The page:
The U.S. manufacturing renaissance is not just a fantasy – it is actually happening. Jobs that had been outsourced to China and elsewhere really are returning to the United States.
Believe it or not, this "reshoring" already has reversed the long, steady decline of manufacturing jobs in the U.S.
In fact, since 2010 America has added roughly 500,000 manufacturing jobs, an increase of 4.3%.
The economic and investment implications of this reversal are considerable to say the least.
With the disadvantages to manufacturing overseas growing each year, it's no wonder reshoring is beginning to become a major trend.
One of the drivers is cost-especially as it relates to "cheap Chinese labor." As it turns out it's not that cheap anymore.
Three Keys to a Manufacturing Resurgence
According to an HSBC study quoted in the Financial Times, real wages in China's coastal areas have risen 350% in the last 11 years. Demographics are only accelerating the trend toward higher wages.
Last year, China's working age population fell for the first time, by 3.5 million to 937.5 million.
That means the endless supply of young workers from farms in China's rural areas is drying up, pushing China's wages up even further. Already, the country's balance of payments surplus has disappeared, and China's manufacturing costs, adjusted for productivity, have increased from 20% of U.S. costs to some 50%.
That still gives China an advantage in direct labor costs, but the additional costs of international sourcing must also be considered. When transportation, duties, supply chain risks, and other costs are fully accounted for, the cost savings of manufacturing in China begins to diminish.
In any case, unless there's a major downturn in China, its overall competitiveness is likely to continue to decrease.
Of course, the more excitable commentators like to claim that China's cost increases alone will push manufacturing back to the U.S. But the truth is that's nonsense.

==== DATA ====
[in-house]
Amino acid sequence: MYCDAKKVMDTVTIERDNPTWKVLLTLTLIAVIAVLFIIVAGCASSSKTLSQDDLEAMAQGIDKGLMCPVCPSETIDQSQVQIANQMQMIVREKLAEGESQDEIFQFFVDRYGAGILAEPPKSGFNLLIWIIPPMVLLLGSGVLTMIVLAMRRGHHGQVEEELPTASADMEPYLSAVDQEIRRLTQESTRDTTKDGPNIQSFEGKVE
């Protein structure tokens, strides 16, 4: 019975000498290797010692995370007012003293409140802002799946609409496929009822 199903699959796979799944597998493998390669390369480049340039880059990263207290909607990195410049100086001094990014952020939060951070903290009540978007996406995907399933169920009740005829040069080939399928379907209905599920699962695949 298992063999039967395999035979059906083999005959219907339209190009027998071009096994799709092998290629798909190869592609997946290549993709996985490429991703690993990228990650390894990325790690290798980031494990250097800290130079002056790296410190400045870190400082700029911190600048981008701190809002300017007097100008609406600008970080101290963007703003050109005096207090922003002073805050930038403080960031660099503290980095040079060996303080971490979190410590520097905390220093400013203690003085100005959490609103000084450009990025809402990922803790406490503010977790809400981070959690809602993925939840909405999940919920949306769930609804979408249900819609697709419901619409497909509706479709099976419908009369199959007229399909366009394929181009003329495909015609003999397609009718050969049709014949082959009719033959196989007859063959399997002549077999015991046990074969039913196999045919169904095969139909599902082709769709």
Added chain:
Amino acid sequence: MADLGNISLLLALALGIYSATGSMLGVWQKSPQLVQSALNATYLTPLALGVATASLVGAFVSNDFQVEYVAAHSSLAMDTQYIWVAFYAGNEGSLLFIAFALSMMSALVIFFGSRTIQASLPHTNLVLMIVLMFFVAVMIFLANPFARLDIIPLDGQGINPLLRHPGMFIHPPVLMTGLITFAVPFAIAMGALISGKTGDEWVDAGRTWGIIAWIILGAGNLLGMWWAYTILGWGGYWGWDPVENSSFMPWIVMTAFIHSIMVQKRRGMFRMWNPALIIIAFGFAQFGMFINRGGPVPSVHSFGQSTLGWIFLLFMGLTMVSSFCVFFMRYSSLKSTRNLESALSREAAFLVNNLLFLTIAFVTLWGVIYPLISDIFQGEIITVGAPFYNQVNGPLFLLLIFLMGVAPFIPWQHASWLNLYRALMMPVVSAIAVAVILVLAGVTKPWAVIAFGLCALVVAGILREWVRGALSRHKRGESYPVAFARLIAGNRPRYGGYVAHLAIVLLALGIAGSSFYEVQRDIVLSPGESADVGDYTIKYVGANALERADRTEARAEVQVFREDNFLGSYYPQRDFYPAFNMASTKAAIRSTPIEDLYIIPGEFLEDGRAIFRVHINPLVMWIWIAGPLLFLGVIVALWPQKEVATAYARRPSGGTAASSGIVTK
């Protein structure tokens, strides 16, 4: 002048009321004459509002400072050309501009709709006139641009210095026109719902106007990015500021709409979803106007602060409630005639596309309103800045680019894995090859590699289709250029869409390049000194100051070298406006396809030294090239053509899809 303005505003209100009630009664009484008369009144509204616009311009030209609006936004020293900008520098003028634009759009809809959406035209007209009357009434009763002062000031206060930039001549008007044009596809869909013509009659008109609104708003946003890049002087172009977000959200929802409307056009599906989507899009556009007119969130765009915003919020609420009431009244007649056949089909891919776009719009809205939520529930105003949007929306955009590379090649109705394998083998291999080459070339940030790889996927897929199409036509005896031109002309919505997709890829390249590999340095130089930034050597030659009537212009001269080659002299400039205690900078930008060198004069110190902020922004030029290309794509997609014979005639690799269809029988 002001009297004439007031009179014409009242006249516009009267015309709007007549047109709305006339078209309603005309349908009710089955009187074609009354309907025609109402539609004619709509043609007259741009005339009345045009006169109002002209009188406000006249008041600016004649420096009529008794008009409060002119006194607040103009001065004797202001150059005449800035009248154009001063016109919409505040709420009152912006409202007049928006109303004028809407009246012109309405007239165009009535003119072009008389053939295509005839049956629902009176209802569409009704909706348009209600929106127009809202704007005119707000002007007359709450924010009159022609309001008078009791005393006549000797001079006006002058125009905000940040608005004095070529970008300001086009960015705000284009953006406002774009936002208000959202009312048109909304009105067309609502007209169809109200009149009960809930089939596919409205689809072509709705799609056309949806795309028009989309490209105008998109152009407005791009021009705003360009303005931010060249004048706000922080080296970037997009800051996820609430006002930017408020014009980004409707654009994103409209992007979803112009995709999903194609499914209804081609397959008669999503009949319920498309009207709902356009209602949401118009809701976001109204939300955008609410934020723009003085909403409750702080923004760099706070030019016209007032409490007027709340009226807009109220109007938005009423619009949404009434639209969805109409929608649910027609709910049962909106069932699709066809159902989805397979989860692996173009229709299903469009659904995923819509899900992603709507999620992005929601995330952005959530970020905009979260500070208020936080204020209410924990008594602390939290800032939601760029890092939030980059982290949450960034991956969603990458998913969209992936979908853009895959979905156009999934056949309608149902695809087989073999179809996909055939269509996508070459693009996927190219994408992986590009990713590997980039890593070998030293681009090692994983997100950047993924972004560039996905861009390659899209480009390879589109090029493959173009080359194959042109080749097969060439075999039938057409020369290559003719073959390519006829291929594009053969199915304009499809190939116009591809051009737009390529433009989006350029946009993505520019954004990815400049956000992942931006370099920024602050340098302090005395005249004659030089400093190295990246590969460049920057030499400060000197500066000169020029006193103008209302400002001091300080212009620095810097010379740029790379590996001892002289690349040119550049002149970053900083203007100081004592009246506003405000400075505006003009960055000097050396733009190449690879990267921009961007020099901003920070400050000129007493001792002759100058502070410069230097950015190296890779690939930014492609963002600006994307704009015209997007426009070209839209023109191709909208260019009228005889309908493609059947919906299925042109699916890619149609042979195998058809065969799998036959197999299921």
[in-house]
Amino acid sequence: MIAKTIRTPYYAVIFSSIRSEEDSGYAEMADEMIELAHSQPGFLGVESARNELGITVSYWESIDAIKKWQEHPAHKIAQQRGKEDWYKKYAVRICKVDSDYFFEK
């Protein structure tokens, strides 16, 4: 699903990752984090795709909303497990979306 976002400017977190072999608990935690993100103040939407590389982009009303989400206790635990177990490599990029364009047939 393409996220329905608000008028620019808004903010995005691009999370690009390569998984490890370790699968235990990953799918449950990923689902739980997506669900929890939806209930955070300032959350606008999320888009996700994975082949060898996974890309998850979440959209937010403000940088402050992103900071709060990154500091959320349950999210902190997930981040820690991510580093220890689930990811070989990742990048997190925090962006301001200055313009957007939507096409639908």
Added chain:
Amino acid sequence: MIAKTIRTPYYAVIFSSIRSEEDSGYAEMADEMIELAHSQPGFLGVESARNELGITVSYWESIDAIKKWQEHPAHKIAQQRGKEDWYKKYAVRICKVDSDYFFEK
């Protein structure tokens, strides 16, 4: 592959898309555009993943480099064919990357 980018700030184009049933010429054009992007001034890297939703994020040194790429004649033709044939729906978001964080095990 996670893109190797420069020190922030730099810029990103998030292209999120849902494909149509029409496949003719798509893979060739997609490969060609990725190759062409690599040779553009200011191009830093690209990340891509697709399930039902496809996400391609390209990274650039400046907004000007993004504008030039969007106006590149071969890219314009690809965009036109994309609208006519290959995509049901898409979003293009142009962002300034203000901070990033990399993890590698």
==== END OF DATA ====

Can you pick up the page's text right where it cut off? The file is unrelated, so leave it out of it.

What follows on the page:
There are many other low-wage emerging market countries with decent political and economic stability, all of which have had their competitiveness enhanced by the same Internet and mobile telephony that has pushed Chinese outsourcing ahead.
As such it only follows that the return to U.S. manufacturing from rising Chinese costs alone would be modest.
But there's another factor involved here – and this one is home grown.
The second thing bringing manufacturing back to the U.S. is the rise of fracking techniques for the immense U.S. shale gas deposits. That's different than the oil shale fracking which is unlikely to affect U.S. competitiveness much, because oil can be transported fairly readily (though in the short term excess production from Canadian tar sands has made oil much cheaper there).
However, gas is expensive to transport without an infrastructure of pipelines, which don't exist in most places. With the arrival of shale gas fracking, the United States now has a substantial energy cost advantage for applications which can efficiently use gas to supply energy for local plants–especially those near these shale gas formations.
Finally, in the long run a third U.S. cost advantage may reappear. It is the cost of capital.
With the world's most advanced and developed capital markets, the U.S. has traditionally had the lowest cost of capital- combining the lowest cost of debt with the greatest ease of raising equity for medium-sized companies.